Autumn Road Trip Through the Smokies

Three weeks ago, I packed my bags, rented a car, and set off on a nine hour drive to North Carolina.

I like car rides.  I know this may seem hard to believe.  But I kinda grew up with road trips.  Most of my family is from Indiana and some of my best memories come from piling into my mother’s Volvo and driving six hours to visit our cousins and grandfather.  Road trips meant adventure.  Road trips meant listening to my favorite music, singing every song in The Lion King, playing games with my brothers, feasting on fast food and junk food, before finally arriving at my cousins’ house.

When I got my license, I discovered that I enjoyed driving long distances.  I’m an introvert, which means I need recharge time.  There are a lot of times when I need to just shut myself up alone with a book, six seasons of Gilmore Girls, or some variant–and block out the world.  Having nine hours to myself to just listen to the new Kate Voegele album, think about my life, pray, and enjoy the scenery…well, that was valuable.  Refreshing to the point where I may just make an autumn road trip an annual tradition.

The leaves changed late this season.  I was worried that I planned my trip too late, that I’d miss the leaves changing on the Smoky Mountains.  But it turns out I left at precisely the right time.  It was so beautiful driving through the hills of Tennessee into the Smoky Mountains, with this incredible masterpiece of colors lining the road.  It gave me shivers driving past.

The colors on these mountains were just insane.

There was one beautiful moment, where I was listening to the Heath McNease song “The Four Loves”–there is a line, “This is the Love that saved my soul…” and right at that moment, a gust of wind blew this shower of golden leaves across my windshield.  I actually teared up, suddenly feeling so incredibly loved by the Creator of the universe.

Anyway, in the evening I finally arrived at my friend Rebecca’s apartment.  I met Rebecca in Oxford last July and we got on like a house on fire, bonding over everything from Hamilton the musical to theology to Oxford in general.  It was so good to see her again and talking to her again felt like we were in Oxford, excitedly debating animal sentience and the future of artificial intelligence.

Rebecca graciously let me crash on her floor and was fully amenable to me dragging her off into the middle of nowhere to a house party where Heath McNease was performing.  We arrived at a small house filled with people–that Rebecca knew!  Unbeknownst to her, a lot of people from her work and area had come for the show too.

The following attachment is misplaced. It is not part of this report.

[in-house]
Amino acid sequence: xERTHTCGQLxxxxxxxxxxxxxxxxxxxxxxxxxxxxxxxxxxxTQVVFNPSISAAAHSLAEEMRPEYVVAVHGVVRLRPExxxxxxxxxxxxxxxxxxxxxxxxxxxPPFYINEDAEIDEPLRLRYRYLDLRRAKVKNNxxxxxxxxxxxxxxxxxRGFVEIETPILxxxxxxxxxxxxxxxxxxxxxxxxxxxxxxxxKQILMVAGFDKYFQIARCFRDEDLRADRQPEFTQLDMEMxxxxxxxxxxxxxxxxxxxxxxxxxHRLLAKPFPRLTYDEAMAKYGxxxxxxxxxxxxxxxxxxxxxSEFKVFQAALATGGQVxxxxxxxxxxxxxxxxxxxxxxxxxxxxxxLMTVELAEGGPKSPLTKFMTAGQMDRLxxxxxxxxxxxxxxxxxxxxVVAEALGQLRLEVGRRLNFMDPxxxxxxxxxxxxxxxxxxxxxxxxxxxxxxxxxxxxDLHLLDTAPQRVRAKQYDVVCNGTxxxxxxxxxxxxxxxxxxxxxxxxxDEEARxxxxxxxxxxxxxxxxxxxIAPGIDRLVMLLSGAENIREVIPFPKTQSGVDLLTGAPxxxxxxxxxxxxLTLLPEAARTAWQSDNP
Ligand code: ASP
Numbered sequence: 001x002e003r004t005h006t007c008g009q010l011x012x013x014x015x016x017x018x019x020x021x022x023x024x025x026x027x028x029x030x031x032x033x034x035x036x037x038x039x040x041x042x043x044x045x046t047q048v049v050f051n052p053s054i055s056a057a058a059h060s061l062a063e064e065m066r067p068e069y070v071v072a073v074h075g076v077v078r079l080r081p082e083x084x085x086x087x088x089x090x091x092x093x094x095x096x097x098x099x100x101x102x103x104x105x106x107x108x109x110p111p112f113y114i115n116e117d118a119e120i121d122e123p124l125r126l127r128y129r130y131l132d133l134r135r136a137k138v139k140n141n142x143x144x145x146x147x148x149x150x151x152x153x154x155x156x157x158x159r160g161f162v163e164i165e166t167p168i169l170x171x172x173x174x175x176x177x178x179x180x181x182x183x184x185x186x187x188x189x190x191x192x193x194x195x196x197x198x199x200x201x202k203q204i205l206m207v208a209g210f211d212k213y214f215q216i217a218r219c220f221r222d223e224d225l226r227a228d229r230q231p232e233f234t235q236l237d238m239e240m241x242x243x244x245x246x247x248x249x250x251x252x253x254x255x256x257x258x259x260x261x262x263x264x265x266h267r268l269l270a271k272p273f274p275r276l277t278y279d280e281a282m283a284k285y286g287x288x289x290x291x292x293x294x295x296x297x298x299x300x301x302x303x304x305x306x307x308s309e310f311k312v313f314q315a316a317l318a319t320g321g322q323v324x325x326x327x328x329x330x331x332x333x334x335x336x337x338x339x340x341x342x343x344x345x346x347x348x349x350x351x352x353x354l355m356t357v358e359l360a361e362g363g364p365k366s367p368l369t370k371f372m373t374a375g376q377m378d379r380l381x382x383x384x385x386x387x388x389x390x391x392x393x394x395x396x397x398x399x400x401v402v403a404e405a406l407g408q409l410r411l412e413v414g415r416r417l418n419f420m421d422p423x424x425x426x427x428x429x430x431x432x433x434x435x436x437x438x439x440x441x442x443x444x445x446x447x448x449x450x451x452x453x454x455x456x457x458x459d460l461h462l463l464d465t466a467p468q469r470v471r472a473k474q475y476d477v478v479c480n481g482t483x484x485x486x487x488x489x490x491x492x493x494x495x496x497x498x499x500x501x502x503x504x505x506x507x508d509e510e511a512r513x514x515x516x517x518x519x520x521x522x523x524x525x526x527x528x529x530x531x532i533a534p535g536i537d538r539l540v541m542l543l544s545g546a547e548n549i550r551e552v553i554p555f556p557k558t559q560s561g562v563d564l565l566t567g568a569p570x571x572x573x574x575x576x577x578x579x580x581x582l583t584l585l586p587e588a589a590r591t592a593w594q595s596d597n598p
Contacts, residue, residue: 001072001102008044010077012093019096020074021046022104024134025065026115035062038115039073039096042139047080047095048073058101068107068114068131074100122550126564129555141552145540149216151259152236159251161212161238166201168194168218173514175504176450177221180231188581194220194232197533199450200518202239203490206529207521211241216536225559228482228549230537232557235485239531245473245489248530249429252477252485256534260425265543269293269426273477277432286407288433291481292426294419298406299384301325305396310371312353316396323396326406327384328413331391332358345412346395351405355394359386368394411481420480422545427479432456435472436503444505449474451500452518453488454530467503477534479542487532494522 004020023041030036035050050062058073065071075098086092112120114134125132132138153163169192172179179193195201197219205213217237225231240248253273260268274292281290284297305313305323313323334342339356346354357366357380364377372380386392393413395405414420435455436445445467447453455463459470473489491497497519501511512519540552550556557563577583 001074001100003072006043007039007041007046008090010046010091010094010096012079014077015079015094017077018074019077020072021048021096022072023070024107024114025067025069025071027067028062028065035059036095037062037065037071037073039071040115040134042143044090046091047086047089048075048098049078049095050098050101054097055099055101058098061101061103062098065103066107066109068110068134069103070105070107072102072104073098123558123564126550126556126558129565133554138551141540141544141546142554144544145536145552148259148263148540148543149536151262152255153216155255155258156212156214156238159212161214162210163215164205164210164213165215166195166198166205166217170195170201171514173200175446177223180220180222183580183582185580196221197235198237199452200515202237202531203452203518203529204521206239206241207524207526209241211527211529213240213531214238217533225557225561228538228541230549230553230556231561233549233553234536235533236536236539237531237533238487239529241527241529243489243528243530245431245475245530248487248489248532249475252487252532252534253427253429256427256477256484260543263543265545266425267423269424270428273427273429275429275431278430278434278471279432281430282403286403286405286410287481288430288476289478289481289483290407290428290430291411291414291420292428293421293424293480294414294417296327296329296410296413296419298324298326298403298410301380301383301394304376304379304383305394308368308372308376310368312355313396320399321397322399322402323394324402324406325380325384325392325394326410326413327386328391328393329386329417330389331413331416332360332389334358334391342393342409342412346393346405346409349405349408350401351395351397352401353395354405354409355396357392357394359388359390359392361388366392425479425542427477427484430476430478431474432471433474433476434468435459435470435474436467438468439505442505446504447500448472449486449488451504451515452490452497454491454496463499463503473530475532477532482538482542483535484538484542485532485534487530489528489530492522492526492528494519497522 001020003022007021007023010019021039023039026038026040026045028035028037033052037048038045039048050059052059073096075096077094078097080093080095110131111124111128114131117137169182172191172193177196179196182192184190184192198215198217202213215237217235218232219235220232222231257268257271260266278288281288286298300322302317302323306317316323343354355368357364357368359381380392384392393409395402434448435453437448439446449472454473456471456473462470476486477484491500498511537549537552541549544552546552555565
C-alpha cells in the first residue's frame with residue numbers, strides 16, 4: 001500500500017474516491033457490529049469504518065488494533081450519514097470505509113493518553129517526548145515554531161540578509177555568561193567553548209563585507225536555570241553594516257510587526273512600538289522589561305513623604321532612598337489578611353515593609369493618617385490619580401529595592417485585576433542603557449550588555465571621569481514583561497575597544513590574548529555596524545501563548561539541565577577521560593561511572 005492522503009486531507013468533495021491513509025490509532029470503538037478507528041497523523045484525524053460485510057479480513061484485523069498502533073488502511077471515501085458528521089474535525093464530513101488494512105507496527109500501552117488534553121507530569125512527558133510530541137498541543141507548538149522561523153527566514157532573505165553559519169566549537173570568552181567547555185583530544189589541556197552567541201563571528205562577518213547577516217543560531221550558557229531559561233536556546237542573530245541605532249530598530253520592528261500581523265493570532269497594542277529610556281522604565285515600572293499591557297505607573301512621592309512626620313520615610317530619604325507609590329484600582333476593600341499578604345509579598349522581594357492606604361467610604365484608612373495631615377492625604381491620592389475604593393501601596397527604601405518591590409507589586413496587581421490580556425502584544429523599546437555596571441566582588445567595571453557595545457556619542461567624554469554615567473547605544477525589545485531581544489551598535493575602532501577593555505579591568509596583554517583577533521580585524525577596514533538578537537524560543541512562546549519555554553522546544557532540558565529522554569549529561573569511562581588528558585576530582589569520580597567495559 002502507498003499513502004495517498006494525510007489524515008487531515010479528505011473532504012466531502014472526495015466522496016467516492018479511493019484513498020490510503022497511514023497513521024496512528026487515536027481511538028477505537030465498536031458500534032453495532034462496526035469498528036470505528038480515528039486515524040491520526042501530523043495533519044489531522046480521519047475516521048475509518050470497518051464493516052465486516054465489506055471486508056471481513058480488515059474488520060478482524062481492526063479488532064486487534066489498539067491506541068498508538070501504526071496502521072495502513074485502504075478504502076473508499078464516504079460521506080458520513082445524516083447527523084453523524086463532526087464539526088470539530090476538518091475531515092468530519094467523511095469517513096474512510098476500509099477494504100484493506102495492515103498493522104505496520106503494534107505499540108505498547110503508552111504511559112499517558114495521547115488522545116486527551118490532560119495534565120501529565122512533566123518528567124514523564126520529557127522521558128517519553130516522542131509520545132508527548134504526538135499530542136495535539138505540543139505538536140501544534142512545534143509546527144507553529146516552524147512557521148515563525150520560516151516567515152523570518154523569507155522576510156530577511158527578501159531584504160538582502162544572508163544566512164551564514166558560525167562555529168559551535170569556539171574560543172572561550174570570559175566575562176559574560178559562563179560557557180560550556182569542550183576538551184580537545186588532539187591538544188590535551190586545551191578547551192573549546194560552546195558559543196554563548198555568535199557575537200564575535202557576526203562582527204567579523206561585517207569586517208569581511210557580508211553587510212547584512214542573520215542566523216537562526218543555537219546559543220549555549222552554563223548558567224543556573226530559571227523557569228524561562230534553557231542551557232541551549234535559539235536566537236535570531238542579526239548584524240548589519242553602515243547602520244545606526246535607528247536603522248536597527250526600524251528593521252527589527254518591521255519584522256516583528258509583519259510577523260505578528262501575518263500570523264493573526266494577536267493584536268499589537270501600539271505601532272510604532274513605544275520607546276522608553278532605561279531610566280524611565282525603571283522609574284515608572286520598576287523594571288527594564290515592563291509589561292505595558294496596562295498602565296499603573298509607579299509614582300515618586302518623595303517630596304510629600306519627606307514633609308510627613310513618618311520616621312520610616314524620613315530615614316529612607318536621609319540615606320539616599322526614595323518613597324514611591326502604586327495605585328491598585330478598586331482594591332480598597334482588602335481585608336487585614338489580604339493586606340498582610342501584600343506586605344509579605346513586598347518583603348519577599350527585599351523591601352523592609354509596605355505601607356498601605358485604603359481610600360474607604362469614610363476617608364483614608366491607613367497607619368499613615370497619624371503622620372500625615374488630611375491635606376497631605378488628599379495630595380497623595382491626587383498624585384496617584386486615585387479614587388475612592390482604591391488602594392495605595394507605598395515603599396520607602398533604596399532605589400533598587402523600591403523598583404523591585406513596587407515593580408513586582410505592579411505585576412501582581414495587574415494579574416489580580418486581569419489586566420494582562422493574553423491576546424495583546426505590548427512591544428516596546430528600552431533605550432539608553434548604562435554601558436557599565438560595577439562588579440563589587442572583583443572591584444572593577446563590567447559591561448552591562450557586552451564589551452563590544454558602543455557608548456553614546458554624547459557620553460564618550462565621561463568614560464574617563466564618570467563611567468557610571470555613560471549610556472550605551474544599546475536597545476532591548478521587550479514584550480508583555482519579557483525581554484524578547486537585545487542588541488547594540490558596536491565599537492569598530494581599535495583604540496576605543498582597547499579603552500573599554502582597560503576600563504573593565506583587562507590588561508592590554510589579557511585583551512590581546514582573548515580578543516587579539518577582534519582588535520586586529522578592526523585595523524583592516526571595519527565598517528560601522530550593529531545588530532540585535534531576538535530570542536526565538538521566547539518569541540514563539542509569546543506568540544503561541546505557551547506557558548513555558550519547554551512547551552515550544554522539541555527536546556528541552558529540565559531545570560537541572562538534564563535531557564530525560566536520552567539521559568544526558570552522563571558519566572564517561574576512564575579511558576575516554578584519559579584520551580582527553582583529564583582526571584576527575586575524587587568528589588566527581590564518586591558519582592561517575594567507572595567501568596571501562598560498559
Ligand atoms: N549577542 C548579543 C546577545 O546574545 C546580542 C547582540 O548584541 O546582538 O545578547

Speaking of–the show was amazing.  Heath McNease has an incredible ability to weave humor, sincerity, passion, and holiness into a patchwork of a performance that has no rhyme or reason to it, but somehow fits together seamlessly.  He was a joy to watch and listen to.  I felt incredibly blessed to be there.  He played one of my favorite songs of his, “The Great Divorce”, even mentioned my connection to it–I first heard the song two years ago off of his album “The Weight of Glory” and it reminded me strongly of my grandfather.  I even played a version for my grandfather’s memorial service.  Hearing him play it live brought me to tears.

Wearing flannel was a great idea on the car ride, not so well thought out at the event itself.

Somewhere during that performance, I turned to Rebecca and said, “This is Oxford.”  She knew exactly what I meant.  There are moments in my life (and in hers) that are…Oxford.  This indescribable feeling of possibility and excitement, where you feel inspired and blessed, where you know exactly what God put you on earth to do.  I’ve compared that Oxford feeling to falling in love and that is absolutely true, but it applies to so much–my relationship with my friends who inspire me, my spiritual journey during its twists and turns, my writing, my music, my art–all of it is Oxford.

After the performance, me and several others ended up at Waffle House (you do not go to Waffle House, you end up at Waffle House) where we talked about music and books and God.  Who knew you could have an Oxford conversation at a Waffle House?  (My roommate’s assessment was “you must like that musician a lot for you to step foot in a Waffle House”…she’s not wrong.)  Rebecca and I had a serious talk about our futures and where we want to go from this point.  We’re both at a sort of crossroads in our lives and it was encouraging to be with someone else who longed for Oxford but felt guilty for leaving the safety net.

I needed this trip.  I needed the reminder that I’m not in this alone, that God has a plan for me, and that God has lots of Oxford moments planned for me.

I did not get to stay in North Carolina for long–only one night.  (The next day I would be driving to Indianapolis, to see my old college friends and go to a Kate Voegele concert–this was a great weekend for music!)  The next morning, I got a coffee at the Dripolater and drove to a little tiny church to watch Heath McNease lead worship.  I love small churches.  They feel like what Christianity started out as, a bunch of families huddled together, praying for each other, taking communion together.  Everyone was incredibly kind and loving–it was hard to leave.  Heath played this haunting rendition of Leonard Cohen’s song “Hallelujah”.  The service was perfect and I was so grateful to be there.

I set out in my car for the seven hour drive to Indianapolis.  I found myself crying a little as I left–and I’m still not really sure why.  But what can I say?  That Oxford feeling does things to you.

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